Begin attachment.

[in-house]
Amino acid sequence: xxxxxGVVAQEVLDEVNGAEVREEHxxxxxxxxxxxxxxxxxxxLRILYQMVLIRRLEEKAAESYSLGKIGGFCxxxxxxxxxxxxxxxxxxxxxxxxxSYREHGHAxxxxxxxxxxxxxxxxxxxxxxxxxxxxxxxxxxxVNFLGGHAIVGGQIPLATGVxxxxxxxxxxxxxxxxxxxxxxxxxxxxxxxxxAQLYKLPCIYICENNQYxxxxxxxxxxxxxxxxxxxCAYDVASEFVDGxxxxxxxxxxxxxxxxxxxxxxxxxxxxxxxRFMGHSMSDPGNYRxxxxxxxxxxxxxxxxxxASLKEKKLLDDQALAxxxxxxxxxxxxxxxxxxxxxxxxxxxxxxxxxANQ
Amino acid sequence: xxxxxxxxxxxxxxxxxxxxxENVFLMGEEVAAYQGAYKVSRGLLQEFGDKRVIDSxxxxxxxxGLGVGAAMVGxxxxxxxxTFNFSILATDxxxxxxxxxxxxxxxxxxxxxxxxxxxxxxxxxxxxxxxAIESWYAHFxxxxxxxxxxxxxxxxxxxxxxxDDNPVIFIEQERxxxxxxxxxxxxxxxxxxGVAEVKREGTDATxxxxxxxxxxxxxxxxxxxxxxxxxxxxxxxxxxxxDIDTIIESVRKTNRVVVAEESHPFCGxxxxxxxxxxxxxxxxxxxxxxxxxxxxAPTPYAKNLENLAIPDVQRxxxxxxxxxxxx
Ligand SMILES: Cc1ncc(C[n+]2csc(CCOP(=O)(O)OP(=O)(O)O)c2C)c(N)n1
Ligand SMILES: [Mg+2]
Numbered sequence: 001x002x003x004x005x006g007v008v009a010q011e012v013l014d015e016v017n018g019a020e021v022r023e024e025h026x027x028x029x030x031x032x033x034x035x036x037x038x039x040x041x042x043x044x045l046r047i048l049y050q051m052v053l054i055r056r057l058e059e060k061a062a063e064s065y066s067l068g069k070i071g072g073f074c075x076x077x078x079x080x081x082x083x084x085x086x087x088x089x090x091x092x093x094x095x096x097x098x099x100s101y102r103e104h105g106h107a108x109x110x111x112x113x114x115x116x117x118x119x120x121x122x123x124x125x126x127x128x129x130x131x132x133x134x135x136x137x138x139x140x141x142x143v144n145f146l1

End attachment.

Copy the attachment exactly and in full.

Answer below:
[in-house]
Amino acid sequence: xxxxxGVVAQEVLDEVNGAEVREEHxxxxxxxxxxxxxxxxxxxLRILYQMVLIRRLEEKAAESYSLGKIGGFCxxxxxxxxxxxxxxxxxxxxxxxxxSYREHGHAxxxxxxxxxxxxxxxxxxxxxxxxxxxxxxxxxxxVNFLGGHAIVGGQIPLATGVxxxxxxxxxxxxxxxxxxxxxxxxxxxxxxxxxAQLYKLPCIYICENNQYxxxxxxxxxxxxxxxxxxxCAYDVASEFVDGxxxxxxxxxxxxxxxxxxxxxxxxxxxxxxxRFMGHSMSDPGNYRxxxxxxxxxxxxxxxxxxASLKEKKLLDDQALAxxxxxxxxxxxxxxxxxxxxxxxxxxxxxxxxxANQ
Amino acid sequence: xxxxxxxxxxxxxxxxxxxxxENVFLMGEEVAAYQGAYKVSRGLLQEFGDKRVIDSxxxxxxxxGLGVGAAMVGxxxxxxxxTFNFSILATDxxxxxxxxxxxxxxxxxxxxxxxxxxxxxxxxxxxxxxxAIESWYAHFxxxxxxxxxxxxxxxxxxxxxxxDDNPVIFIEQERxxxxxxxxxxxxxxxxxxGVAEVKREGTDATxxxxxxxxxxxxxxxxxxxxxxxxxxxxxxxxxxxxDIDTIIESVRKTNRVVVAEESHPFCGxxxxxxxxxxxxxxxxxxxxxxxxxxxxAPTPYAKNLENLAIPDVQRxxxxxxxxxxxx
Ligand SMILES: Cc1ncc(C[n+]2csc(CCOP(=O)(O)OP(=O)(O)O)c2C)c(N)n1
Ligand SMILES: [Mg+2]
Numbered sequence: 001x002x003x004x005x006g007v008v009a010q011e012v013l014d015e016v017n018g019a020e021v022r023e024e025h026x027x028x029x030x031x032x033x034x035x036x037x038x039x040x041x042x043x044x045l046r047i048l049y050q051m052v053l054i055r056r057l058e059e060k061a062a063e064s065y066s067l068g069k070i071g072g073f074c075x076x077x078x079x080x081x082x083x084x085x086x087x088x089x090x091x092x093x094x095x096x097x098x099x100s101y102r103e104h105g106h107a108x109x110x111x112x113x114x115x116x117x118x119x120x121x122x123x124x125x126x127x128x129x130x131x132x133x134x135x136x137x138x139x140x141x142x143v144n145f146l1